At the Guardian Imogen Russell Williams reflects on the allure of the golem, considers a few titles, and asks for more. Off the top of my head, here are three:
Daily Archives: August 27, 2010
My students won’t be in school for a couple more weeks yet, but I’m slowly starting to turn my mind back to the classroom. I’m thinking about how I want to set up the room when I can first get into it on Monday. I’m thinking about changes in curriculum. I’m thinking about the new fourth graders I’ll be meeting in a few weeks. And I’m thinking about what I’m going to read aloud on our first day, that magical story that will help connect us all and turn us from a bunch of strangers into a tight and unique learning community. And so that first book has to be the right book.
It has to be a book that I can feel confident will be embraced by all. And so it can’t be too long. Or the slightest bit scary. Not that first book. After all, I don’t know the kids yet and I don’t know what they can tolerate in terms of scariness or book length. It does have to be funny. And ideally it needs to be a book none of the kids have read yet. It has to be a book that hooks them right away, one that I can dive into that first day that will help that bunch of shy (with me and with each other), nervous, and uncertain kids start to claim the room and space as their own, start to gel as a classroom community. Sure, I’ll do some ice-breaking and community-building activities before this, but for book-lover me, it is the read- aloud that works best.
At one time I started with Phyllis Reynolds Naylor’s The Grand Escape. This is a charming story of the small adventures of two house cats. The children and I loved their misunderstandings, their distinctive personalities, and the wit of the book. Who knows? Maybe I should go back and try it again. Another was Barbara Robinson’s The Best School Year Ever with the shocking Herdmans. Both fit my requirements: short, funny, and immediately engaging. For the last two years I’ve started with Frank Cotrell Boyce’s Cosmic. It didn’t come out in the US till this year and so I’d read from a copy I’d gotten from England. (You can read my rave review here.) I’m tempted to start with it this year as I suspect it may still be under their radar and I know that it will be a sure-fire hit. But I’m still mulling things over and may pick something spanking new.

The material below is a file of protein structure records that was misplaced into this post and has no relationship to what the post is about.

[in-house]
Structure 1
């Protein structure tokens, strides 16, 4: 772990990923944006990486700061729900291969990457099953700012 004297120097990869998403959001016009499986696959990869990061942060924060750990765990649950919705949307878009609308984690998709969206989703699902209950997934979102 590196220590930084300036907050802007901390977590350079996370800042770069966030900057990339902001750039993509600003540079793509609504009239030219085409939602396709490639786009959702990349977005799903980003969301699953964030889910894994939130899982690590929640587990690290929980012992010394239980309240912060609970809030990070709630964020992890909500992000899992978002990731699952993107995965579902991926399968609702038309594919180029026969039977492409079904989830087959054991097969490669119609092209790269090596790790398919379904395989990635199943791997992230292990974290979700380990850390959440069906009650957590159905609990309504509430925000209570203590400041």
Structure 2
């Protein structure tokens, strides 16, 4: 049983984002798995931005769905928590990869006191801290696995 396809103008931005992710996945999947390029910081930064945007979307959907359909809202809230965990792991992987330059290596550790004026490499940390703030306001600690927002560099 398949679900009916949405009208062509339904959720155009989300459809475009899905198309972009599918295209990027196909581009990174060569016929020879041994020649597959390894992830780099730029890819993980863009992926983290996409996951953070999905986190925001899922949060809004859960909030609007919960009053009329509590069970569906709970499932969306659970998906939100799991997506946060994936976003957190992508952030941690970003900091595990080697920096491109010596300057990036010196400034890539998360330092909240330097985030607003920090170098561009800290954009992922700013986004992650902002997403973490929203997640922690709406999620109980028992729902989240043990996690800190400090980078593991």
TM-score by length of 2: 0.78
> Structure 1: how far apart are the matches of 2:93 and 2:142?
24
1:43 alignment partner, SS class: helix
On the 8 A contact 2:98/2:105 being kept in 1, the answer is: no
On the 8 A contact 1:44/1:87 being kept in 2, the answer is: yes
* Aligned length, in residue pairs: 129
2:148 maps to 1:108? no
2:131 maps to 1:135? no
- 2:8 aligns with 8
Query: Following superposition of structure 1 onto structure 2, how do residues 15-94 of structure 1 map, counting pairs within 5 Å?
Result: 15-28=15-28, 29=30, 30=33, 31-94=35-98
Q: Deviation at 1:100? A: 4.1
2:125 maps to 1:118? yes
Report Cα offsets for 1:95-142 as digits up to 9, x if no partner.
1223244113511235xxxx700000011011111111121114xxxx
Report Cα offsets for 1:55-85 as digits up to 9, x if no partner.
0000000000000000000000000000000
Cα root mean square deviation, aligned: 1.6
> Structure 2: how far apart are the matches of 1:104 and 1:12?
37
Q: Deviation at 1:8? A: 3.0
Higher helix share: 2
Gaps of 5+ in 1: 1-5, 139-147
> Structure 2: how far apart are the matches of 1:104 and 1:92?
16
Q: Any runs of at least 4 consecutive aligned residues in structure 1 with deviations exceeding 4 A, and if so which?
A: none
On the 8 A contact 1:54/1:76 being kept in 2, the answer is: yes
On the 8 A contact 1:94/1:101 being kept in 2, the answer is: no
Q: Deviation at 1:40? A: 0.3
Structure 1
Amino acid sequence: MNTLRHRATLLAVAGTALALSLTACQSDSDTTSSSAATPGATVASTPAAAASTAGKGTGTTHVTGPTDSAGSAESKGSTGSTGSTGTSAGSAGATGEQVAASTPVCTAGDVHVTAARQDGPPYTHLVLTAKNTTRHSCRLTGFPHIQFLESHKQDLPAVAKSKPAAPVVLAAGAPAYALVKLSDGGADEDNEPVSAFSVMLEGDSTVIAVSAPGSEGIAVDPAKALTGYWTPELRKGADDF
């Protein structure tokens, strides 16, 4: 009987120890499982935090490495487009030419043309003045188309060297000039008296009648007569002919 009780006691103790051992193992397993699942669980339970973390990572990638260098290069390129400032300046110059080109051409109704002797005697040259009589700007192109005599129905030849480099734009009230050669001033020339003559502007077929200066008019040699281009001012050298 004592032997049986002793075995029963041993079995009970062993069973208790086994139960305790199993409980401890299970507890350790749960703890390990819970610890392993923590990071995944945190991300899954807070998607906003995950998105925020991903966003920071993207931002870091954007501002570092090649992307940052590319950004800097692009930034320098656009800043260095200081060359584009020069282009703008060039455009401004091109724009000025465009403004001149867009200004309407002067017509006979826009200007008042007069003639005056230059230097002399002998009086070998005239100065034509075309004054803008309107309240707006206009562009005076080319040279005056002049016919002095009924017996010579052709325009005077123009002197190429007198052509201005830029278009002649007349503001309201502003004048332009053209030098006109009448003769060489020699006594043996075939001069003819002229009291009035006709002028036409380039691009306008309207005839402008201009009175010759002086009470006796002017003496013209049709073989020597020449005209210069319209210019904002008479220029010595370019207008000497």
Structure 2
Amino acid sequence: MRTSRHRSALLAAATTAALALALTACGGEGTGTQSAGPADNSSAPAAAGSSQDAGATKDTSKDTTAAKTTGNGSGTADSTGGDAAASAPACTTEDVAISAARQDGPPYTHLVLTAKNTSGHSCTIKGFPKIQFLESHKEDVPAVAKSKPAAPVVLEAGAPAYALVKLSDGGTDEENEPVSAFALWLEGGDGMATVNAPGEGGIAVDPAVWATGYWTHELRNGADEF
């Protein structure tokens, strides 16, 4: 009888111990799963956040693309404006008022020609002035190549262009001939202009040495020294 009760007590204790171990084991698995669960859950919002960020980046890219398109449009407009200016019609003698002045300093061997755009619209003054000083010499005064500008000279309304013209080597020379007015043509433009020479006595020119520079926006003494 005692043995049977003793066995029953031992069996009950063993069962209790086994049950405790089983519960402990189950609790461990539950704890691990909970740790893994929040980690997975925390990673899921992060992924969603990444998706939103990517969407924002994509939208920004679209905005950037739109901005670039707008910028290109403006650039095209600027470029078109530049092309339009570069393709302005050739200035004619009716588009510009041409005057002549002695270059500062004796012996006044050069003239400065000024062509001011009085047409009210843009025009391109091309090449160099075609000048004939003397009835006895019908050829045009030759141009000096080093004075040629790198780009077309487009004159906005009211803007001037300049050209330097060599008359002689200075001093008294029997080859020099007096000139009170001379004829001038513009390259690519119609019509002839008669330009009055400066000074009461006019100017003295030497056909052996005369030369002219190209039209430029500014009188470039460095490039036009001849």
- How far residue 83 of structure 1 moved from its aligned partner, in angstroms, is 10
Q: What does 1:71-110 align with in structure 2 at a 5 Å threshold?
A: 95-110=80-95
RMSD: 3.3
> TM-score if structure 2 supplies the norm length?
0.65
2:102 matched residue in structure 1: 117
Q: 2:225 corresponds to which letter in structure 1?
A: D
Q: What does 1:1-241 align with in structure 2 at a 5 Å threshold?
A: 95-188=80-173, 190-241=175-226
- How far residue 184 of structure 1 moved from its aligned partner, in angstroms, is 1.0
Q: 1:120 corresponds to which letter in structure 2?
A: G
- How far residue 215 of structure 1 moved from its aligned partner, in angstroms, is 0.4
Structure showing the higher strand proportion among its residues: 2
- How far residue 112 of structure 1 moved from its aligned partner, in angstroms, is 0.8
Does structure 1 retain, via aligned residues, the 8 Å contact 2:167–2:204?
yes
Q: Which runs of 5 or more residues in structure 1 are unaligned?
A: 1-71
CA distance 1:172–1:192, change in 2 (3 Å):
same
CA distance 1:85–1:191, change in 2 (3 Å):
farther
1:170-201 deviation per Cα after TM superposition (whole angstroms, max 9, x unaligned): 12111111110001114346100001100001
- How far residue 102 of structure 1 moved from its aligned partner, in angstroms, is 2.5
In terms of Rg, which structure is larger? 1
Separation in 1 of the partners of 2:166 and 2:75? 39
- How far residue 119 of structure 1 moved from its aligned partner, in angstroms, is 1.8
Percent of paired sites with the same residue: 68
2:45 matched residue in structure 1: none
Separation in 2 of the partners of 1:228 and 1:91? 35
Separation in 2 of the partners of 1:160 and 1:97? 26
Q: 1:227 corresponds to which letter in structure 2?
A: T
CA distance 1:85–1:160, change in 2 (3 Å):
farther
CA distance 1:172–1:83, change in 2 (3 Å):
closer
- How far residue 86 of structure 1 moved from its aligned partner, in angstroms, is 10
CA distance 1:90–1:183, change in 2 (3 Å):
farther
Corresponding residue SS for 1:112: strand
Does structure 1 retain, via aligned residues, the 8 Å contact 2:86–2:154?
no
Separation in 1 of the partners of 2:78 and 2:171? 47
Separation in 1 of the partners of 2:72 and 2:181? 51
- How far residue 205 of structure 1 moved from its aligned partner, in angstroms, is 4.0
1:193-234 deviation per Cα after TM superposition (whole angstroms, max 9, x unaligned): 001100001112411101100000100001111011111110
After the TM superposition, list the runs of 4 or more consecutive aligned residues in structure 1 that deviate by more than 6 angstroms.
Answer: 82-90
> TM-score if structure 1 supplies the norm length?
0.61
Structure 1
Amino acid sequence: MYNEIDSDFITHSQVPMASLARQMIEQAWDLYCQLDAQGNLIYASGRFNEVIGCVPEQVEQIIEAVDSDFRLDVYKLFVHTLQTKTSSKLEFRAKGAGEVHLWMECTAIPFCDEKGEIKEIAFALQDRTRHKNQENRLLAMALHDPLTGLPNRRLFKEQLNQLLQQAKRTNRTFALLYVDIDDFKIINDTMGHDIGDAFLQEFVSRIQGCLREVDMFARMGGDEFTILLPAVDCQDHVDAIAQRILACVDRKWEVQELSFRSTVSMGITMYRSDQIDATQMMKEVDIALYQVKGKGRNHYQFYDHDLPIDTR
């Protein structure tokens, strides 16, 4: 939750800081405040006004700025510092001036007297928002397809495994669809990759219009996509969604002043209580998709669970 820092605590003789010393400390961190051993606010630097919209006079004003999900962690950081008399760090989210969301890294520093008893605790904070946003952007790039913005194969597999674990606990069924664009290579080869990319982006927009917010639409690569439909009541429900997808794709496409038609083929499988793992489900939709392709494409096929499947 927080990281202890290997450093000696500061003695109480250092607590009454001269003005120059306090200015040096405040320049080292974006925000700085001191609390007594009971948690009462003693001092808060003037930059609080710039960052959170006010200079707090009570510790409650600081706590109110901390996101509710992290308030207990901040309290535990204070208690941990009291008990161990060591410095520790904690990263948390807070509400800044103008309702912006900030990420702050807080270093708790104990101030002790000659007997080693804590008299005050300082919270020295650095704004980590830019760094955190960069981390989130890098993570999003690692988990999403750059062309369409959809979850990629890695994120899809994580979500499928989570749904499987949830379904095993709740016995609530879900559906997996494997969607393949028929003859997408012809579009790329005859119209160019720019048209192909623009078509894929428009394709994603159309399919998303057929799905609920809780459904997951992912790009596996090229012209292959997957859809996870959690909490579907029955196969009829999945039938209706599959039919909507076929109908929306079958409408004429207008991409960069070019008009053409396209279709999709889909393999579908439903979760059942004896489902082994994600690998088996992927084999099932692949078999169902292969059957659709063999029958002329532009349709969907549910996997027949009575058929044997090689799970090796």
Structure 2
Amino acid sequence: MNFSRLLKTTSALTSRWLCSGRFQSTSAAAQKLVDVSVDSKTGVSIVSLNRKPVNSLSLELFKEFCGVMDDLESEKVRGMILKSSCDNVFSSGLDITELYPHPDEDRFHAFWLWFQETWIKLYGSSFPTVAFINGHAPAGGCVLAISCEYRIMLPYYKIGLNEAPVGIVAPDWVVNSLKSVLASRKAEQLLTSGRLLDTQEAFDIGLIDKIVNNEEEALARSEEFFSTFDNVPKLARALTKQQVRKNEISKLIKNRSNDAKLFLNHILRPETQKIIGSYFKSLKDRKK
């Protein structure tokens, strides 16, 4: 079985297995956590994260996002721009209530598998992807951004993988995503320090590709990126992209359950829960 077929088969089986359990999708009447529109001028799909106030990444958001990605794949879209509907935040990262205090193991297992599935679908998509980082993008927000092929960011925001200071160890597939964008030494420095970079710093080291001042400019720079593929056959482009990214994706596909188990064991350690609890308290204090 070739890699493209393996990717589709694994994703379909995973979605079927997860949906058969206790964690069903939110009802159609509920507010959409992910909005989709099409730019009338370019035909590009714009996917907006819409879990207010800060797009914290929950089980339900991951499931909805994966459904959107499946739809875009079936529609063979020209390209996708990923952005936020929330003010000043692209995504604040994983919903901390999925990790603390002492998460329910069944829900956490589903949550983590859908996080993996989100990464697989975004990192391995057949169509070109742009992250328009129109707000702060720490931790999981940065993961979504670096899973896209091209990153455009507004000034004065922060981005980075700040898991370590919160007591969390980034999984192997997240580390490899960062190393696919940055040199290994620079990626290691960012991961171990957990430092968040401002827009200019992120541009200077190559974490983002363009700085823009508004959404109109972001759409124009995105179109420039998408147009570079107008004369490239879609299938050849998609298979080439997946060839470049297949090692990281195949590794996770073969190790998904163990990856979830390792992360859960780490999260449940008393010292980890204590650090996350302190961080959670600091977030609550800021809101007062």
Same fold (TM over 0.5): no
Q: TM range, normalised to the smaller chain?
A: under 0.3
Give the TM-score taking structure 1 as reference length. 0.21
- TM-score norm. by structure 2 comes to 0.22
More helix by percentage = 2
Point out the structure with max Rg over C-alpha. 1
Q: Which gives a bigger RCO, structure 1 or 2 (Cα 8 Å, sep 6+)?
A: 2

While I love reading aloud too much to cede it to anyone else, I do know that there are folks out there who use audio books. And so let me put in a plug for one I had a part in, the Lend Your Voice recording of The Wizard of Oz which I was part of along with many others and is now available for your listening pleasure here. At some point I’ve got to figure out just what page I read, go find it, and listen to it. But in the meantime, anyone who feels they don’t want to read aloud themselves to a group of kids, may I recommend they give this book a try. I’ve been teaching Baum’s for years and can assure you that it holds up as a grand and engaging adventure.
Reading aloud — after all these years it is still one of my favorite aspects of teaching. If you want to know more about my thoughts on this teaching method, the particular books and experiences I’ve had with kids (as often the books I read inspire us to do all sorts of cool things), please check out these posts.